Stocks snapped their near-term winning streak yesterday, as the broad market came under solid distribution. After opening slightly lower, the major indices quickly settled into a steady intraday downtrend that persisted into the close. The S&P 500 and Dow Jones Industrial Average both fell 1.4%, while the Nasdaq Composite shed 1.8%. The small-cap Russell 2000 plummeted 3.0%, but the index also showed relative strength and gained the most during the market’s recent rally. The S&P Midcap 400 was lower by 1.5%. Just after mid-day, stocks attempted to recover from their morning losses, but a wave of selling in the final forty-five minutes caused the main stock market indexes to finish at their dead lows of the day.
Total volume in the NYSE increased by 18%, as volume in the Nasdaq swelled 16% above the previous day’s level. The broad-based losses on higher turnover caused both the S&P and Nasdaq to register a bearish “distribution day.” However, institutional selling was not overly aggressive because volume levels in both exchanges remained well below average. Market internals were nonetheless ugly. Declining volume in the NYSE trounced advancing volume by nearly 8 to 1. The Nasdaq ratio was negative by more than 4 to 1.
Over the past week, we’ve been warning against getting overly aggressive with new positions ahead of the New Year’s Day holiday. Yesterday’s action was a good example of why we have been so cautious. When the market rallies on extremely light volume, it only requires the slightest amount of selling pressure to rapidly erase those gains. Not only did the sell-off send the S&P 500 back to negative territory for the month, but it also caused the breach of several key areas of support. Most notably, the index slid back below its 200-day moving average. Recovering from the November sell-off, the S&P first moved back above its 200-day moving average on December 6, but plunged below it again only four days later. This time, the index only stayed above its 200-day MA for two days before falling down again. Support of the 50-day MA was also broken yesterday:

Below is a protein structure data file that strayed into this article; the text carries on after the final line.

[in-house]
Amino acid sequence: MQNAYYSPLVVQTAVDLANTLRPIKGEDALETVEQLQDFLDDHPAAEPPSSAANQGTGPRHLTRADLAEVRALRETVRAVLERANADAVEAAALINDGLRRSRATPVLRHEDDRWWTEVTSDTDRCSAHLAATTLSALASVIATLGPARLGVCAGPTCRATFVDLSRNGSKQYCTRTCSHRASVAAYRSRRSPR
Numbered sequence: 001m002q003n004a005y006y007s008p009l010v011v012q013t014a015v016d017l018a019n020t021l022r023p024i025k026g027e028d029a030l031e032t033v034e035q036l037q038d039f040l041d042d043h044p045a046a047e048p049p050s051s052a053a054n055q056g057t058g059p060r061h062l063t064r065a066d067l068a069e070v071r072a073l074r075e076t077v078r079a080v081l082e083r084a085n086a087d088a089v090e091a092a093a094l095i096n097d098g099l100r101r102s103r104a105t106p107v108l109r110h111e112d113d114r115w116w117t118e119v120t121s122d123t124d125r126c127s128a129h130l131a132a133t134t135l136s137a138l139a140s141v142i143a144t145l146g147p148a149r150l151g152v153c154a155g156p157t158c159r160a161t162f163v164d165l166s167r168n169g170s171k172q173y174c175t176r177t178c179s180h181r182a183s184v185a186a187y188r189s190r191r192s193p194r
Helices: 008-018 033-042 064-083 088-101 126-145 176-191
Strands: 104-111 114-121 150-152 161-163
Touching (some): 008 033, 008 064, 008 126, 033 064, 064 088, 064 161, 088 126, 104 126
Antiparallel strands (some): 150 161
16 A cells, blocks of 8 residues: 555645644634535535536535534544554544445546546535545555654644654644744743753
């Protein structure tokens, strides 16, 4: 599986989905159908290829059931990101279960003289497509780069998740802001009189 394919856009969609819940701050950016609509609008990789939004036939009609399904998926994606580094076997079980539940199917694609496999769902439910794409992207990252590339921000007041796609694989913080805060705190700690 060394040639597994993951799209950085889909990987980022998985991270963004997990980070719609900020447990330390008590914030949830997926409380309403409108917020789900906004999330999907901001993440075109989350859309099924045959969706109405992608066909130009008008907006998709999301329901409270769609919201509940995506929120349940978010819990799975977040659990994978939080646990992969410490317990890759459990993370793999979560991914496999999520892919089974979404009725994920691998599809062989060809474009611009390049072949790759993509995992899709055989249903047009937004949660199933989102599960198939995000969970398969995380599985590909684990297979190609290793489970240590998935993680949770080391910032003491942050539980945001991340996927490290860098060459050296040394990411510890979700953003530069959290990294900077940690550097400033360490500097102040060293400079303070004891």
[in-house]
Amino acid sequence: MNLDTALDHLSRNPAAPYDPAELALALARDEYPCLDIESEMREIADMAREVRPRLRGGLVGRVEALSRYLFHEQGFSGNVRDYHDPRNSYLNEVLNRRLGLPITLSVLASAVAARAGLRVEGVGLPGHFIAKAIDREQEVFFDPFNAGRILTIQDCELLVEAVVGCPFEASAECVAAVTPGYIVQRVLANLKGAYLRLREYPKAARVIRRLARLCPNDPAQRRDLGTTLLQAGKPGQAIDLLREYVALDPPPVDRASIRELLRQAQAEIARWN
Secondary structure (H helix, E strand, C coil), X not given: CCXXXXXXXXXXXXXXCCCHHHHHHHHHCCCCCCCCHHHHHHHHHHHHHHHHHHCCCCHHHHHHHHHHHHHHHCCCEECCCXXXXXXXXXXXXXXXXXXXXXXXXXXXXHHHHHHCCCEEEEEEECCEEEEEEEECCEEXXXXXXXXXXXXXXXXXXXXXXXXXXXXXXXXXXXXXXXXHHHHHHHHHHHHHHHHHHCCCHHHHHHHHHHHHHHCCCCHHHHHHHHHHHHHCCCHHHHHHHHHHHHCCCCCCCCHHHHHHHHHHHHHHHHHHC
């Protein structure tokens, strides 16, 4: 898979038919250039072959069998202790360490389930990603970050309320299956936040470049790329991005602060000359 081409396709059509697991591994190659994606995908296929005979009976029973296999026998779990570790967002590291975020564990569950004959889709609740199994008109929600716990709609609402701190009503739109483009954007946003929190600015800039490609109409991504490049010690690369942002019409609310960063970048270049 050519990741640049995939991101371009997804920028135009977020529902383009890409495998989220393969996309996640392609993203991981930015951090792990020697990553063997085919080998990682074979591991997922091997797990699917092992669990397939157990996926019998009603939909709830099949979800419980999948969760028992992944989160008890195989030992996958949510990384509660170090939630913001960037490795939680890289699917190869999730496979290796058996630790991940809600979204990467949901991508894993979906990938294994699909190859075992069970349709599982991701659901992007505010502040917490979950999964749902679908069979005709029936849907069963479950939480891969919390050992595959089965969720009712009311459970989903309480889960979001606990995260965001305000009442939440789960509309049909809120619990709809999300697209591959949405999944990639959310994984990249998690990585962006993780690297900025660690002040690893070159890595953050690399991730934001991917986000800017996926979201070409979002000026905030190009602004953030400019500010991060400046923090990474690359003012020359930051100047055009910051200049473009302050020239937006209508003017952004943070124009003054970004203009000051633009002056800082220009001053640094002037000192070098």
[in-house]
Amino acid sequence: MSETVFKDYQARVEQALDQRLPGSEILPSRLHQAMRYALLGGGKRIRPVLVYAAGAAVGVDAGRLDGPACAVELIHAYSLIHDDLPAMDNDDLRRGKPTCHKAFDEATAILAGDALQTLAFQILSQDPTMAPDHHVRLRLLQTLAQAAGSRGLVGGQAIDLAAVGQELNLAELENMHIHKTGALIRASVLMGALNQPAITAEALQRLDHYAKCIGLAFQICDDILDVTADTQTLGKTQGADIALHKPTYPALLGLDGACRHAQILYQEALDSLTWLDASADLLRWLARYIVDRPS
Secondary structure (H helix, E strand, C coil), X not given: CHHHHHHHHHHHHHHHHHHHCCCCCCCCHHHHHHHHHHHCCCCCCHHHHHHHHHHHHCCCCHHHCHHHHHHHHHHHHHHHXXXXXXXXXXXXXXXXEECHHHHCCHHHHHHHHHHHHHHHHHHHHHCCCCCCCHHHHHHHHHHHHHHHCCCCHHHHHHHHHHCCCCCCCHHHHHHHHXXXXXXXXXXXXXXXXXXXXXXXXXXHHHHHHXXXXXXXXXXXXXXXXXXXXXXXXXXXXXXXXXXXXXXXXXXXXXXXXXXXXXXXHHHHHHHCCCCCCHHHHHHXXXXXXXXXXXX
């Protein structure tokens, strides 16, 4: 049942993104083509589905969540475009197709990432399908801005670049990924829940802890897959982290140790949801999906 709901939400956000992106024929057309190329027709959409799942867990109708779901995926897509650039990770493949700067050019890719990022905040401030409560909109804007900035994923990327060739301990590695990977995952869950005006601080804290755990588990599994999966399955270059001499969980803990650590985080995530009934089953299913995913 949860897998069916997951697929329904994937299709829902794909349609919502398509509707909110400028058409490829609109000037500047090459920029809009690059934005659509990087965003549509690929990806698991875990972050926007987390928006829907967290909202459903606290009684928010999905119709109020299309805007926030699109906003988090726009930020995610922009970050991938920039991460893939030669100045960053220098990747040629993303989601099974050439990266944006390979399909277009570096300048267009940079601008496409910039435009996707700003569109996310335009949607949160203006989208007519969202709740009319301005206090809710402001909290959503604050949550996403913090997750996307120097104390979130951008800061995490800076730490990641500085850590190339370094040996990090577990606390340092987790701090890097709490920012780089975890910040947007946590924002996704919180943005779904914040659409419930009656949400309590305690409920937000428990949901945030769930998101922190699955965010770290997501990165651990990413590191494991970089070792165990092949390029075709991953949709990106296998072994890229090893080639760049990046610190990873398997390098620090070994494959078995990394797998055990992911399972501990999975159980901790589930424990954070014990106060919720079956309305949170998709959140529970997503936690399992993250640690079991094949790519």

“Swing high” resistance in the S&P 500, as well as the other major indices, has now been established at the December 26 highs. A rally above this level could be quite powerful on a technical level. Support will now be found all the way down to December 18 “swing lows,” a break below which would be equally bearish. As long as stocks remain trapped between these pivotal support and resistance levels, one should expect choppy, indecisive trading in the near-term.
Many of the financial news outlets blamed yesterday’s decline on news of the assassination of Pakistan’s former leader, Benazir Bhutto. We view the news as merely a convenient excuse to justify the market being a product of its environment. When the stock market rallies on extremely light volume, the gains simply cannot be trusted for more than a day. For this reason, we intentionally passed on a few bullish setups over the past week, but we certainly don’t regret our cautious stance. Remember that the major indices are still showing bearish “head and shoulders” patterns on their weekly charts, which hold more bearing than the shorter-term daily charts. There will be plenty of time to get positioned on the right side of the market when stocks eventually make their intermediate-term intentions clear. Until then, especially ahead of the New Year’s Day holiday, cash is the best position.
There are no new setups in the pre-market today, as we intend to avoid new positions ahead of the New Year’s Day holiday.
Daily Performance Report:
Below is an overview of all open positions, as well as a performance report on all positions that were closed only since the previous day’s newsletter. Net P/L figures are based on the $50,000 Wagner Daily model account size. Changes to open positions since the previous report are listed in red text below:
Open positions (coming into today):
GDX long (300 shares from December 26 entry) – bought 45.52, stop 43.29, target 49.84, unrealized points (0.14), unrealized P/L ($42)
Closed positions (since last report):
Current equity exposure ($100,000 max. buying power):
No changes to our open position.
Edited by Deron Wagner,
MTG Founder and